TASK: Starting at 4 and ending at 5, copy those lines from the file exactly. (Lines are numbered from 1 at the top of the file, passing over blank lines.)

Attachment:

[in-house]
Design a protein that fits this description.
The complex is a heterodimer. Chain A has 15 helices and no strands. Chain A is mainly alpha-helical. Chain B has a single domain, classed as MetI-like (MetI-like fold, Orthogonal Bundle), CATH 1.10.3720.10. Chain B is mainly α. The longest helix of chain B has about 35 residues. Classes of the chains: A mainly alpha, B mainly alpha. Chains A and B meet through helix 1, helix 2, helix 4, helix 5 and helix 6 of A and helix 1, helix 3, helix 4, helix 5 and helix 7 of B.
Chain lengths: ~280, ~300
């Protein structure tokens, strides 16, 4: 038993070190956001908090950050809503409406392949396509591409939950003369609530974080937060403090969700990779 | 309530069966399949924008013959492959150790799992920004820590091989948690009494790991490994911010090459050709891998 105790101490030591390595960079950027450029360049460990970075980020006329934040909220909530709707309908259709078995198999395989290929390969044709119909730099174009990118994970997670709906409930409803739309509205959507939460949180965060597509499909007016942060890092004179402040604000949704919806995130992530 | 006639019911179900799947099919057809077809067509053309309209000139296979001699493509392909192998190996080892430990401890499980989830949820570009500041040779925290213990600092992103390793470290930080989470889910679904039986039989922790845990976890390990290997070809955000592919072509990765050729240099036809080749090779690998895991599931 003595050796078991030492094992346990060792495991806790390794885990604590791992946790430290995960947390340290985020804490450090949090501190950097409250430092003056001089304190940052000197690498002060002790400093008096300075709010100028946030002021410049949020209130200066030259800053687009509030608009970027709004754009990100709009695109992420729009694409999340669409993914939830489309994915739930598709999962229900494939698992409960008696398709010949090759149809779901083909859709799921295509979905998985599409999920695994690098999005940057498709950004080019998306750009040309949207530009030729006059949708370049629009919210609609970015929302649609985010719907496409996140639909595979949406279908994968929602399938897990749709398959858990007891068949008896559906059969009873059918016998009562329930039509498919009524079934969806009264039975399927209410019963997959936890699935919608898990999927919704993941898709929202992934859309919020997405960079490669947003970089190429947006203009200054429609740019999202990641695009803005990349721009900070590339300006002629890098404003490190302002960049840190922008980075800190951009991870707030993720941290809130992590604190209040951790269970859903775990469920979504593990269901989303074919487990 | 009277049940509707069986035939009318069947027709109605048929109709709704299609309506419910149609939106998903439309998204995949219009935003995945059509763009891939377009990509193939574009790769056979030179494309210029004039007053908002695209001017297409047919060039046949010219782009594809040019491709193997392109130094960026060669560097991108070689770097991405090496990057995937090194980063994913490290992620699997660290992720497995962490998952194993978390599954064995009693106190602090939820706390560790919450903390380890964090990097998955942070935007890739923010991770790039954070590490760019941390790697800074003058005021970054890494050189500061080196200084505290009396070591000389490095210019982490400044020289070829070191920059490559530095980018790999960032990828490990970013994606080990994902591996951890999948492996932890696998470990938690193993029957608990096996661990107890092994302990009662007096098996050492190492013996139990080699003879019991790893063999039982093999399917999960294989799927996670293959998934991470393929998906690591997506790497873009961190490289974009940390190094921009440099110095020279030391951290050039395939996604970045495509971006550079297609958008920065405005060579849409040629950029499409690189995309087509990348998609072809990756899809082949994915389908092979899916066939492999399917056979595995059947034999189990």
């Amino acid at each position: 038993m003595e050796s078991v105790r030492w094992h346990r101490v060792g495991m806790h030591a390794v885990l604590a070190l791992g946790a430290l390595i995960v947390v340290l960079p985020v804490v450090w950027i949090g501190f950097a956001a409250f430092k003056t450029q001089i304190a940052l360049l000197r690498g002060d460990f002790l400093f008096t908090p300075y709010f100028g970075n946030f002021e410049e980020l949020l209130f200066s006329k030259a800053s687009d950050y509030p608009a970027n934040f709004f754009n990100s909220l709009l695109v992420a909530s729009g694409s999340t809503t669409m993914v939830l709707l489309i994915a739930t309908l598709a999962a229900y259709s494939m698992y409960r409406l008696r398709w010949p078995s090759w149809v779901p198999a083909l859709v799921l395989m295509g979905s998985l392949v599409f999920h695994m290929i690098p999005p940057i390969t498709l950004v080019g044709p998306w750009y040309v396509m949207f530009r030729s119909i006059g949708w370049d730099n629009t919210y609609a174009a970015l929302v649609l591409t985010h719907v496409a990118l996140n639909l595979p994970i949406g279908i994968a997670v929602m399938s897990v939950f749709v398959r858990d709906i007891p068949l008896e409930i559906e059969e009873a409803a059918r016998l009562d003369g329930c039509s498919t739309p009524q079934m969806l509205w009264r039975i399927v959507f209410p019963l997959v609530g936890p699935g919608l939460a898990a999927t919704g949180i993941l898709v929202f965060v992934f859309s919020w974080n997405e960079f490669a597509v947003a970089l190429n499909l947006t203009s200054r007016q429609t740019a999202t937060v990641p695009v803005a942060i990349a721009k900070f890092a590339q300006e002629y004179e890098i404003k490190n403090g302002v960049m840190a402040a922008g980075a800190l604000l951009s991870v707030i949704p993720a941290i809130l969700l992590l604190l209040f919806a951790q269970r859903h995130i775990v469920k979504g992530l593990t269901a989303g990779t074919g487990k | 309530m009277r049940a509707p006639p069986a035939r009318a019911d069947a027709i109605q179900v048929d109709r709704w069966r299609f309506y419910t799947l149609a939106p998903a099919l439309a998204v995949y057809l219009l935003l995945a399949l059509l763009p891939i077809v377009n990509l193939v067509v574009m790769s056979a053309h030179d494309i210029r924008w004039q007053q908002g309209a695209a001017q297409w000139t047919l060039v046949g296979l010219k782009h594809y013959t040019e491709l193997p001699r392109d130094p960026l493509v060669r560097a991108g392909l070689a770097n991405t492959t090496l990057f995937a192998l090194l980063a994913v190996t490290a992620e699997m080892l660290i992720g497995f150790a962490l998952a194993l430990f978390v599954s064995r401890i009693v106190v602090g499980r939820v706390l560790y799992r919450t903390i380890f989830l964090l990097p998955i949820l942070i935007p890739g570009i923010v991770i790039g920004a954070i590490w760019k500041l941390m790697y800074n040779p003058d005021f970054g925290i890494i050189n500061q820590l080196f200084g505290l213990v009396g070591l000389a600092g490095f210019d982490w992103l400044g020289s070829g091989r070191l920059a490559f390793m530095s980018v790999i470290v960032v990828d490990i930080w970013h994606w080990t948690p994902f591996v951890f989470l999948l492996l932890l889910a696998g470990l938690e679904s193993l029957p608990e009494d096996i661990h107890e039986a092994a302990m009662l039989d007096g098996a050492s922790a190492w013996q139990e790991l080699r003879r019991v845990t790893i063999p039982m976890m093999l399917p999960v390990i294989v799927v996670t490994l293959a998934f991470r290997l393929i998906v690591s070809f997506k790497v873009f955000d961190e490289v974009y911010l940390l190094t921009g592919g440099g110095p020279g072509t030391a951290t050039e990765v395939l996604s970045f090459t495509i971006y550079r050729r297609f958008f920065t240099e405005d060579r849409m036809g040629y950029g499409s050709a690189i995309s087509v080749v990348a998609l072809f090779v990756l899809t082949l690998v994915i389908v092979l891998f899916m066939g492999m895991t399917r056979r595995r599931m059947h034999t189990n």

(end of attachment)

Chain lengths: ~280, ~300
């Protein structure tokens, strides 16, 4: 038993070190956001908090950050809503409406392949396509591409939950003369609530974080937060403090969700990779 | 309530069966399949924008013959492959150790799992920004820590091989948690009494790991490994911010090459050709891998 105790101490030591390595960079950027450029360049460990970075980020006329934040909220909530709707309908259709078995198999395989290929390969044709119909730099174009990118994970997670709906409930409803739309509205959507939460949180965060597509499909007016942060890092004179402040604000949704919806995130992530 | 006639019911179900799947099919057809077809067509053309309209000139296979001699493509392909192998190996080892430990401890499980989830949820570009500041040779925290213990600092992103390793470290930080989470889910679904039986039989922790845990976890390990290997070809955000592919072509990765050729240099036809080749090779690998895991599931 003595050796078991030492094992346990060792495991806790390794885990604590791992946790430290995960947390340290985020804490450090949090501190950097409250430092003056001089304190940052000197690498002060002790400093008096300075709010100028946030002021410049949020209130200066030259800053687009509030608009970027709004754009990100709009695109992420729009694409999340669409993914939830489309994915739930598709999962229900494939698992409960008696398709010949090759149809779901083909859709799921295509979905998985599409999920695994690098999005940057498709950004080019998306750009040309949207530009030729006059949708370049629009919210609609970015929302649609985010719907496409996140639909595979949406279908994968929602399938897990749709398959858990007891068949008896559906059969009873059918016998009562329930039509498919009524079934969806009264039975399927209410019963997959936890699935919608898990999927919704993941898709929202992934859309919020997405960079490669947003970089190429947006203009200054429609740019999202990641695009803005990349721009900070590339300006002629890098404003490190302002960049840190922008980075800190951009991870707030993720941290809130992590604190209040951790269970859903775990469920979504593990269901989303074919487990 | 009277049940509707069986035939009318069947027709109605048929109709709704299609309506419910149609939106998903439309998204995949219009935003995945059509763009891939377009990509193939574009790769056979030179494309210029004039007053908002695209001017297409047919060039046949010219782009594809040019491709193997392109130094960026060669560097991108070689770097991405090496990057995937090194980063994913490290992620699997660290992720497995962490998952194993978390599954064995009693106190602090939820706390560790919450903390380890964090990097998955942070935007890739923010991770790039954070590490760019941390790697800074003058005021970054890494050189500061080196200084505290009396070591000389490095210019982490400044020289070829070191920059490559530095980018790999960032990828490990970013994606080990994902591996951890999948492996932890696998470990938690193993029957608990096996661990107890092994302990009662007096098996050492190492013996139990080699003879019991790893063999039982093999399917999960294989799927996670293959998934991470393929998906690591997506790497873009961190490289974009940390190094921009440099110095020279030391951290050039395939996604970045495509971006550079297609958008920065405005060579849409040629950029499409690189995309087509990348998609072809990756899809082949994915389908092979899916066939492999399917056979595995059947034999189990």